Government of Yukon

April 30, 2013

Funding supports First Nation interpretive training

WHITEHORSE—Yukon government is supporting an opportunity to enhance interpretive tours at Fort Selkirk Historic Site by providing $19,200 for wilderness heritage interpretive training.

“This important training assists students interested in interpreting and preserving Yukon’s unique heritage,” Tourism and Culture Minister Mike Nixon said. “The fund supports training opportunities for career development in the culture and tourism sectors.”

Yukon College Dawson City campus and the Tr’ondëk Hwëch’in are jointly developing a wilderness heritage interpretive program to be held in Dawson City this spring.

Three students from Pelly Crossing have been chosen by interview to attend the training funded by the Department of Tourism and Culture. The coursework includes wilderness survival, basic interpretation, research, advanced wilderness first aid, and local cultural and natural history.

Once the students have completed their four-week training, they will be eligible for hire at Fort Selkirk Historic Site and the Big Jonathan Interpretive Centre in Pelly Crossing.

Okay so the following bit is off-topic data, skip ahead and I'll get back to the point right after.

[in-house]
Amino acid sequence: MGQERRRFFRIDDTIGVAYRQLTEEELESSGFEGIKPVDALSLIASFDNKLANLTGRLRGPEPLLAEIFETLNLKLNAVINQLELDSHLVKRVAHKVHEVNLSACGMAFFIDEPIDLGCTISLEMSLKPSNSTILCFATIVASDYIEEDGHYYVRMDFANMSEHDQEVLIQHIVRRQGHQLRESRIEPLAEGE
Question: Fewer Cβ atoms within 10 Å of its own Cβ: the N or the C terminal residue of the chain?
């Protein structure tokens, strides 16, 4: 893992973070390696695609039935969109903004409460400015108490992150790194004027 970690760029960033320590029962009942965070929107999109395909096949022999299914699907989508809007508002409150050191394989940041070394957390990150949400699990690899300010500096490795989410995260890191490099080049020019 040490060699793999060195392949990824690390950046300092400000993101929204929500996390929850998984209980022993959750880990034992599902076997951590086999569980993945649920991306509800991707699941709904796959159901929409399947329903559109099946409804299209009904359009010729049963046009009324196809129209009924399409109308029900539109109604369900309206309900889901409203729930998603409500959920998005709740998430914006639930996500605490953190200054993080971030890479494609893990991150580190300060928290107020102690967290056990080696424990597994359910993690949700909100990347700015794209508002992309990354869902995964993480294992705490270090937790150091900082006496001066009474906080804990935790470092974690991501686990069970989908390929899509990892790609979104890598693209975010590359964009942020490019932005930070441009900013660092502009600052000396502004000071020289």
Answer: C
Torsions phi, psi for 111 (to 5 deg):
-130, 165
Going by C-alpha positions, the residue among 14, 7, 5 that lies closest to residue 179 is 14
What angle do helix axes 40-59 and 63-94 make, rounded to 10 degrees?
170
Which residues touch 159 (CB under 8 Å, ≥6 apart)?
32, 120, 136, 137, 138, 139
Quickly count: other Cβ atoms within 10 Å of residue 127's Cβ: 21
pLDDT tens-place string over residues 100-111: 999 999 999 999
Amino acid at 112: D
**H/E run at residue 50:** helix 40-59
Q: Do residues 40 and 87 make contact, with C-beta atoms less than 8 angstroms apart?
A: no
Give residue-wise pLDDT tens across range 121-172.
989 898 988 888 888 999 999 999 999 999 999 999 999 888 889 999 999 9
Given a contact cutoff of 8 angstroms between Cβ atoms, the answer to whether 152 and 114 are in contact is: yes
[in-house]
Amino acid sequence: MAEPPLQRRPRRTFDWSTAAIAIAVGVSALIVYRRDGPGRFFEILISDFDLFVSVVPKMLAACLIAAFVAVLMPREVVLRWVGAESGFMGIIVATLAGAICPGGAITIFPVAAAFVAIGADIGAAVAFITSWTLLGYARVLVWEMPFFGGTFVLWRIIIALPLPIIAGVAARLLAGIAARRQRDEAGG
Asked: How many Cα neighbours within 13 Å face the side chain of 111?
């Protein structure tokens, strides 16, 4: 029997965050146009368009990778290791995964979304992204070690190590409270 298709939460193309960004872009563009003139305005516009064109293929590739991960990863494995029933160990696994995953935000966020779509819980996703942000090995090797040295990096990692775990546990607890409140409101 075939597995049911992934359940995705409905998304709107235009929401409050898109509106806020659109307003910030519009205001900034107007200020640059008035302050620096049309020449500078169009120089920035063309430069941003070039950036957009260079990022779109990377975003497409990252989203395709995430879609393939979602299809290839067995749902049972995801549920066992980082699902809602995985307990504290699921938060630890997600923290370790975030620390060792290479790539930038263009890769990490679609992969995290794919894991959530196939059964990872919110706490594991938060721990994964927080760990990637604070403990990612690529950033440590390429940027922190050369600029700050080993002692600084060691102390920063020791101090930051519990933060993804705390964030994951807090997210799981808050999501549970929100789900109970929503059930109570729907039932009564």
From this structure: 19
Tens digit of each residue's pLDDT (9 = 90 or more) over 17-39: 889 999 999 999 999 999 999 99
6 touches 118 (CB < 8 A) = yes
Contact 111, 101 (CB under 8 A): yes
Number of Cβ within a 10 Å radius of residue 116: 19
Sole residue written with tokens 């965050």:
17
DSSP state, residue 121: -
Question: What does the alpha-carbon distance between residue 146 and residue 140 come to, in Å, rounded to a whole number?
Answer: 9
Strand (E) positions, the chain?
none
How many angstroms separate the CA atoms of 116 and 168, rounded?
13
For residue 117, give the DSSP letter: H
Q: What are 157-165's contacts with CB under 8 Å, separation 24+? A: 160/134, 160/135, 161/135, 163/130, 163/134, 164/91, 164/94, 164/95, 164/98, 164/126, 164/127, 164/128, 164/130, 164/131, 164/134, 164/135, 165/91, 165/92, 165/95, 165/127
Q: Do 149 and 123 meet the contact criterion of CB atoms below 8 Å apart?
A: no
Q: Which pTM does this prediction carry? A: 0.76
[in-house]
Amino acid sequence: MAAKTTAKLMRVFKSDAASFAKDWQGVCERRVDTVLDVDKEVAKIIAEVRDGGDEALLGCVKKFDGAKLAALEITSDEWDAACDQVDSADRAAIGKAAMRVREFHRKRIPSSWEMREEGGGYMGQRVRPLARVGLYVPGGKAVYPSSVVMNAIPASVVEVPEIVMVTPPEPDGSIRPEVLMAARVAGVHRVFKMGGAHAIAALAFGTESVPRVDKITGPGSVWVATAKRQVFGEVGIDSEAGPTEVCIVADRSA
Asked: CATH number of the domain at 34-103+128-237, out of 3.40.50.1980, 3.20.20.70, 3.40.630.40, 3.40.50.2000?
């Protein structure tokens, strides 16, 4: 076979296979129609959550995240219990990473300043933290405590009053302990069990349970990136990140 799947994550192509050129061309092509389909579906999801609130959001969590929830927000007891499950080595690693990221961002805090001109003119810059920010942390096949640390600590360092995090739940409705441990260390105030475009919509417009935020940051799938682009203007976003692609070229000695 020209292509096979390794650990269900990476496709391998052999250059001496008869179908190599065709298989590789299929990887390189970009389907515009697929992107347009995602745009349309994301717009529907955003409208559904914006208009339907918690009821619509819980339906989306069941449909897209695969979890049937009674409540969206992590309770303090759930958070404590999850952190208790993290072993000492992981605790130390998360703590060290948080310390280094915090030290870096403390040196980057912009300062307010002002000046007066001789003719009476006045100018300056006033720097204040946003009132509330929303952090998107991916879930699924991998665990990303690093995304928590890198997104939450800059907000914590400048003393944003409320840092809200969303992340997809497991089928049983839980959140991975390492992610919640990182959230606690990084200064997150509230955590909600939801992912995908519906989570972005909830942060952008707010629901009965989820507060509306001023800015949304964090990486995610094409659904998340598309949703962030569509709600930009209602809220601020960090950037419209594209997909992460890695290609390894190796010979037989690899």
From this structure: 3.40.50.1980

Fort Selkirk Historic Site is located at the confluence of the Yukon and Pelly rivers. The site is co-owned and co-managed by Yukon government and the Selkirk First Nation. Since 1982, the two partners continue to work together to preserve, develop and manage the site.

Selkirk First Nation’s cultural centre is a replica of the historic Big Jonathan House at Fort Selkirk, where there are interpretive tours focused on Selkirk First Nation history, traditions and culture.

Each summer, Selkirk First Nation work crews preserve buildings at Fort Selkirk, provide tours and maintain camping areas with funding and technical support provided by the Yukon government.

For information on visiting Yukon historic sites, go to



Matthew Grant
Cabinet Communications
Karen Keeley
Communications, Tourism and Culture

News Release #13-107